One of the products would be white with white labeling, and another one would be in a black container with a black label, and you are just …It was just hard to create any sort of brand connection. They were very strong in Australia, and they did very, very good business, but they were coming into the US, it’s a much larger market and there’s a lot more noise on our shelves because that space is filled. And so, I think I can compete here.
You’ve got to be much more buttoned up and you’ve got to be much easier to find … you want to take the friction out of it for the customer. And I think from a communication standpoint, that was challenging and some of the same challenges came through, like when you went to their website and stuff like that in terms of finding the product and so on.
Yeah, I think the real obligation is what we have in terms of helping develop communication. How exactly do we make it easy for the customer to know, number one, what we do? I walked through trade shows, a couple of weeks, so I got to know it makes sense.
And the thing is, I walk through. So, you could walk through a trade show. We go in some cases to some very large enterprise trade shows. And you’ll see whether it’s IBM or GE or whoever in these large companies. And at these events, it’s one division that’s exhibiting, but the division has the corporate tagline as opposed to their value proposition or whatnot as their headline, and so it’s just amazing to me, not just for international companies coming in, but for companies in general, how much they don’t understand or look at the way they communicate from the customer’s point of view. They look at it in terms of “Do you know the marketing person is saying, ‘Well, this is our brand, this is what we do.’ “ But they’re not looking at it. This is an aircraft or aerospace show, after all. They’re interested in jet engines. Let’s say, why do we have the overall corporate slogan instead of the value proposition or the jet engine group, which is a completely different communication?
When you think about what you’re trying to do in a booth, it’s I don’t have what I have. I used to have lobster traps when I was a kid. So, I thought of a trade show booth as a lot like a lobster trap. You put some bait in a second chamber and the lobster to get to that comes into sort of a first chamber. They say it’s hard to get out, but it’s easier to get into the second chamber and the second chamber is essentially a trap. And so, they get in. And they get to the bait, but unfortunately, the next morning the lobster man or woman comes out and takes them to market.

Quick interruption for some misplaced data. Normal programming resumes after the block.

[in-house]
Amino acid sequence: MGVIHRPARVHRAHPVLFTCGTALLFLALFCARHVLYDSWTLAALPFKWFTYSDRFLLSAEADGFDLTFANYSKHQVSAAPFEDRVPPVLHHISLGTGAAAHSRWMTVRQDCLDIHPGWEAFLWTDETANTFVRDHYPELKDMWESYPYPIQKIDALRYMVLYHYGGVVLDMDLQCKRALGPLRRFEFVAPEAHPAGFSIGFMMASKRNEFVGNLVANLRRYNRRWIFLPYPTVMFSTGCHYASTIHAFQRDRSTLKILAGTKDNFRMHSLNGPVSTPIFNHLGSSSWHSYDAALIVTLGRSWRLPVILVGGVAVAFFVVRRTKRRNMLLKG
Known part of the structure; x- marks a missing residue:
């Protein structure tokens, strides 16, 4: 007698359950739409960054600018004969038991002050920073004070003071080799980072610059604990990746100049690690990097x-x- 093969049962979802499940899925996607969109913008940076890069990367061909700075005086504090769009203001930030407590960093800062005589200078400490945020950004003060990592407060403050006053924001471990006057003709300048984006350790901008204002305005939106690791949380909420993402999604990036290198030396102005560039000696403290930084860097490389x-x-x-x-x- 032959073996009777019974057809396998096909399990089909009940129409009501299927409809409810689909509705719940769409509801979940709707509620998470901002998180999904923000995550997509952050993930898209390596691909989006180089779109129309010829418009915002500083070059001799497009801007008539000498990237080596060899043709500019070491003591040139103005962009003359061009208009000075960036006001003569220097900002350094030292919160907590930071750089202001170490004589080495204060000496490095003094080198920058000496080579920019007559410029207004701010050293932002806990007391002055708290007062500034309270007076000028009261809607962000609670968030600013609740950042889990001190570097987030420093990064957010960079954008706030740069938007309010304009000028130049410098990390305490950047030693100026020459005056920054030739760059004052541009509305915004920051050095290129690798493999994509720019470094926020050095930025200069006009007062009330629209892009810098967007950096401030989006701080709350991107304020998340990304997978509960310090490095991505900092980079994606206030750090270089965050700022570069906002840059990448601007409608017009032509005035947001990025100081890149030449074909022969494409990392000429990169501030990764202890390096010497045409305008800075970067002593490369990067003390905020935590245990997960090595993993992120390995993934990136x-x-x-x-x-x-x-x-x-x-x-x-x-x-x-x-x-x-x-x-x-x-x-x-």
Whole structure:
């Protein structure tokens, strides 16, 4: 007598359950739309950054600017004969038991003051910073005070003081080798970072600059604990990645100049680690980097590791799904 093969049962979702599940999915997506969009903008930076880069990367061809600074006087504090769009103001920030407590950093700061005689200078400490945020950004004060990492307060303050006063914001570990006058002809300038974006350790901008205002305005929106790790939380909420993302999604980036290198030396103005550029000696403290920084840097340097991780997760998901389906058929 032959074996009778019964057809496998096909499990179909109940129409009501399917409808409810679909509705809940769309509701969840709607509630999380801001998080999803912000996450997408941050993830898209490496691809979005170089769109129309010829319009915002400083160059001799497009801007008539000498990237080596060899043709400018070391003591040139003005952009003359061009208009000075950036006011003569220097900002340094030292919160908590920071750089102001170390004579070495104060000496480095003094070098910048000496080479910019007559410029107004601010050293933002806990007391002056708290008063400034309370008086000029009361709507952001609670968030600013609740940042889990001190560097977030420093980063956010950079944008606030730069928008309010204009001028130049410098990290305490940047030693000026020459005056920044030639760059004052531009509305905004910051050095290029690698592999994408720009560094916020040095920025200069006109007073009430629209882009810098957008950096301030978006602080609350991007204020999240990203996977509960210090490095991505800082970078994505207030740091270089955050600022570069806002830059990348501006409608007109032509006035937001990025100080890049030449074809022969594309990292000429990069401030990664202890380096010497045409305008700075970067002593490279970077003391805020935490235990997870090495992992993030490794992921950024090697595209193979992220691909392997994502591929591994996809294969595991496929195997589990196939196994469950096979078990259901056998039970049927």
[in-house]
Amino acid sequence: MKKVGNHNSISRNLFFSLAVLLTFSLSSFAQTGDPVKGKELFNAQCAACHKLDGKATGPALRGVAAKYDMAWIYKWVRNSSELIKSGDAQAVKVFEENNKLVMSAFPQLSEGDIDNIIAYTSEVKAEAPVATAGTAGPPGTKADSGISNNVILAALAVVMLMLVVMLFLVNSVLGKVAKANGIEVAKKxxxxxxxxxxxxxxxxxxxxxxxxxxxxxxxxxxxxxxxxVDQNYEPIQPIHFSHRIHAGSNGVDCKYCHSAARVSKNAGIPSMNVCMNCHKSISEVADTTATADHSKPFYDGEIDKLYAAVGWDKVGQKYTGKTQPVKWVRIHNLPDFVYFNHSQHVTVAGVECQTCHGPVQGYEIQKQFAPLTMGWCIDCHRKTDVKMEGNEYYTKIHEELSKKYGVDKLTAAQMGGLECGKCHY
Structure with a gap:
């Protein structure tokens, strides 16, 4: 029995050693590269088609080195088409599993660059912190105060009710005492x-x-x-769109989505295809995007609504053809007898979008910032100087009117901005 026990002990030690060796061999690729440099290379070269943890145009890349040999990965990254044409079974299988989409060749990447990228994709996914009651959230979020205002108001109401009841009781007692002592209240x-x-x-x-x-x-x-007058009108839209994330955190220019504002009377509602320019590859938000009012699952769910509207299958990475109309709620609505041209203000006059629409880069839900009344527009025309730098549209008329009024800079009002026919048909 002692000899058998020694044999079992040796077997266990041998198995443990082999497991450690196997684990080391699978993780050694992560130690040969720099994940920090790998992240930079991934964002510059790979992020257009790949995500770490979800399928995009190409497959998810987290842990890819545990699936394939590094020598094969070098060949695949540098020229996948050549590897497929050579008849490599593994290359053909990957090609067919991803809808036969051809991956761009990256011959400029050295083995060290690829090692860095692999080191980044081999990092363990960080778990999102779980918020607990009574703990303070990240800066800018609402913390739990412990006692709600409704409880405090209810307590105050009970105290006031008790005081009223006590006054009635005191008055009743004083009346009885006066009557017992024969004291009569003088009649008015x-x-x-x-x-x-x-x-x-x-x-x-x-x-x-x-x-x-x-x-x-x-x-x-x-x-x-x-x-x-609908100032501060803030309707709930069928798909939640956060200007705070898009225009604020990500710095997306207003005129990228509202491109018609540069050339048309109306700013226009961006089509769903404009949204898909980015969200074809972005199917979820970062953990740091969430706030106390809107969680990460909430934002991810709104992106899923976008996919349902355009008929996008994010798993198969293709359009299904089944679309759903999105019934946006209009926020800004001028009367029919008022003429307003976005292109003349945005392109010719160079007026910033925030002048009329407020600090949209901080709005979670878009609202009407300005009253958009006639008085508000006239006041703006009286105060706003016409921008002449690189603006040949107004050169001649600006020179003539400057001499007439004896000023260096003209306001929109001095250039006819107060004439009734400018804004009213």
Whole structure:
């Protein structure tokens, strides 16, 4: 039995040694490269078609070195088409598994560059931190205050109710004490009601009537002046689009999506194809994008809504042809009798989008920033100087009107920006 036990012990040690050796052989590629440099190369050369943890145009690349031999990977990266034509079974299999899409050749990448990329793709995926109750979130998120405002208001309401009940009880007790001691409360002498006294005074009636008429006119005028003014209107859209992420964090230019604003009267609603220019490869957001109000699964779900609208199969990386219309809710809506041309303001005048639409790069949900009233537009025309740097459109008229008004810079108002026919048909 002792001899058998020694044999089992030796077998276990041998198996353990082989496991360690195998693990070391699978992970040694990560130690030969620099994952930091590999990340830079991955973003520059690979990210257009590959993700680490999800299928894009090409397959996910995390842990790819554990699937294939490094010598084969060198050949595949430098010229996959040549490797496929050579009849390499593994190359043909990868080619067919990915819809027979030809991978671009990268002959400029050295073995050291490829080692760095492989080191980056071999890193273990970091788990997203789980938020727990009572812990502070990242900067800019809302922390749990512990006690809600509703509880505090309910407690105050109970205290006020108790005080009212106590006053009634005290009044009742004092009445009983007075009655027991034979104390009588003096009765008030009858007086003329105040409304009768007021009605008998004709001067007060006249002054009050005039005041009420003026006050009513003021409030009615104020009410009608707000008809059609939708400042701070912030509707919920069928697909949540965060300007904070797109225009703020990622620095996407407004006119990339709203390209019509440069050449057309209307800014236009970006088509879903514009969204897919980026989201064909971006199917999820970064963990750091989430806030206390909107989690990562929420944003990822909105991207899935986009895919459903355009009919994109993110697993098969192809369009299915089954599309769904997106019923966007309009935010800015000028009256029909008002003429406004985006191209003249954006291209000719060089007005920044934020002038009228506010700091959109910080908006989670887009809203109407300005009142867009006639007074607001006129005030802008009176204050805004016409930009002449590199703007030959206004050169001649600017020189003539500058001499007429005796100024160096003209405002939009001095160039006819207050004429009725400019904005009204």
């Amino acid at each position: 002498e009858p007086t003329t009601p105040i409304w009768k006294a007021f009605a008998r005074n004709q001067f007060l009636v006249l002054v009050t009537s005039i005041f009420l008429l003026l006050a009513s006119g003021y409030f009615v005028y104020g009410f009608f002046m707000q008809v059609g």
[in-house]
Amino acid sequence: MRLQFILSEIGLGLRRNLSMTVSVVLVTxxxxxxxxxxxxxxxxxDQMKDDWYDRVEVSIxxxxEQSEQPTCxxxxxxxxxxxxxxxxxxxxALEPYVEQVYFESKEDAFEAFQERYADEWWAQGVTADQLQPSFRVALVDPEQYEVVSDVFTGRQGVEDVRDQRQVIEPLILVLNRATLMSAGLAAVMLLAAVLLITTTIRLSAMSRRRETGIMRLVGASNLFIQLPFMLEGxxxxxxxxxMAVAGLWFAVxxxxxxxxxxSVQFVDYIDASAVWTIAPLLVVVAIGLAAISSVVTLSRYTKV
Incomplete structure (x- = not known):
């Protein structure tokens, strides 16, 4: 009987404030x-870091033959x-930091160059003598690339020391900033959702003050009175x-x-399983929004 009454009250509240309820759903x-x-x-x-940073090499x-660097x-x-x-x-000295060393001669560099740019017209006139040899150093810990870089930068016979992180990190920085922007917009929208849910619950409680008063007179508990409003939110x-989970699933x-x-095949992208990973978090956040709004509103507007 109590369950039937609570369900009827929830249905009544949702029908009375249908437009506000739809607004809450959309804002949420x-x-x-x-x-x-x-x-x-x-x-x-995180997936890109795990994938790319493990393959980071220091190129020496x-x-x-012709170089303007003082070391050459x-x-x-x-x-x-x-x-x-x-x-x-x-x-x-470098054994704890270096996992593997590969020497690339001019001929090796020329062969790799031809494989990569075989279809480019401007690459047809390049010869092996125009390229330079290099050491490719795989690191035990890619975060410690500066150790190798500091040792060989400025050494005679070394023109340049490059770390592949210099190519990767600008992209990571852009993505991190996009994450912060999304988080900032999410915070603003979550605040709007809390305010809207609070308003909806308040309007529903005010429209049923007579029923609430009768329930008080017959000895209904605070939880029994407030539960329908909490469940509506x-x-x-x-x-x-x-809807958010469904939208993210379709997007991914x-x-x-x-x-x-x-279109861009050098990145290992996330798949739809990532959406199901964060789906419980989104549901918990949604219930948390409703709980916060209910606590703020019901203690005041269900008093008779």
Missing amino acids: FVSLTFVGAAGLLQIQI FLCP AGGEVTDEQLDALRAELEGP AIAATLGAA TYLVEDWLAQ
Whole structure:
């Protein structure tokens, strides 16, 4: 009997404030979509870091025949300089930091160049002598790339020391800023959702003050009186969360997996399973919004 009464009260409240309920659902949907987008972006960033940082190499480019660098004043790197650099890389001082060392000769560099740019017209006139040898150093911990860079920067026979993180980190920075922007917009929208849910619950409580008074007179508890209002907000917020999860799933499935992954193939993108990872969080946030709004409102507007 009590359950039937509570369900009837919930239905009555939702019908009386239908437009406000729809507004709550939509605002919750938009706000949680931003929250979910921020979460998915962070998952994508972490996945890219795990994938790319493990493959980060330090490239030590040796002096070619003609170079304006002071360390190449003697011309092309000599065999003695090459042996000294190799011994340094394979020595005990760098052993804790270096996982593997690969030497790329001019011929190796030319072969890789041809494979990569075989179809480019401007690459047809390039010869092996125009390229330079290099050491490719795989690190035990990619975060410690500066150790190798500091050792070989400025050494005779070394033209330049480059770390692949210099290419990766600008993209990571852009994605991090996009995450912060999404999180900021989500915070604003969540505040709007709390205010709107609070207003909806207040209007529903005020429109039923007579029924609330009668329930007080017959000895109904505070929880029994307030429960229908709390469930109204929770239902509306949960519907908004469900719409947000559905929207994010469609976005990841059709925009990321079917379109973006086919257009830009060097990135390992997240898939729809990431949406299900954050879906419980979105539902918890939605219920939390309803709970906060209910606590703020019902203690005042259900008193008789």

So, when I look at a booth, or when we look at a booth, we see the goal of a booth. It’s not to trap people certainly, but it’s to put a piece of bait out.
Someone listening will know the term “inbound marketing,” but very similar to techniques that are used in inbound marketing is that if you understand whom you’re trying to attract, you put out a bait that only they’re interested in. So, if we decide, like I used the metaphor of fishing, if we decide we’re trying to catch salmon, as an example, or tuna, or striped bass, we put a bait in that only they’re going to respond to and all the other fish swim by. And when we do that, there are a couple of values that come from that one that you do not know. Are these people much more qualified than us? Instead of us being out there and sort of in the aisle pulling them in, they’re opting in.
They’re saying no, I recognize this as a problem or an opportunity and I’m coming in because I’m self-selecting to respond to this and so when we’re trying to help a client find a prospect, they need three things: they need to have money, and they also need to be urgent. And this test is a way to find urgent people, and all of us want prospects that have some movement in our funnel. We don’t want prospects that grow hair.
We want them to have some momentum, and this is a way to be true to ourselves that we have high-quality prospects by using communication in a way that again, only our prospect or the client’s prospect will respond to it. And ideally, if we’re at a trade show with 10,000 people, maybe there are 50 or 100 prospects in the room. So, this is very delicate. You know, it’s like doing surgery. It is very delicate to develop that communication to be specific to that type of buyer and be happy if 9,950 continue on their way and the right 50 opt-in. Optimize whatever messaging for each persona over time.
And that’s fascinating. Thank you so much. So, it’s certainly very intriguing from the inbound point of view, which is just as valid as the outbound point of view, and what people need to understand in terms of international marketing. Is there anything else, briefly, that you’d like to share before we close?
Oh, you know, I think those are the highlights, I think for all of us, it’s a continuous process and it all works better when we listen, that’s for sure.
Well, thank you so much, Bill. It’s been a wonderful pleasure to gain your insights today and hear your great stories. This has been Philip Auerbach at www.auerbach-intl.com. Please join us again next week for another edition of Global Gurus and their stories of international business.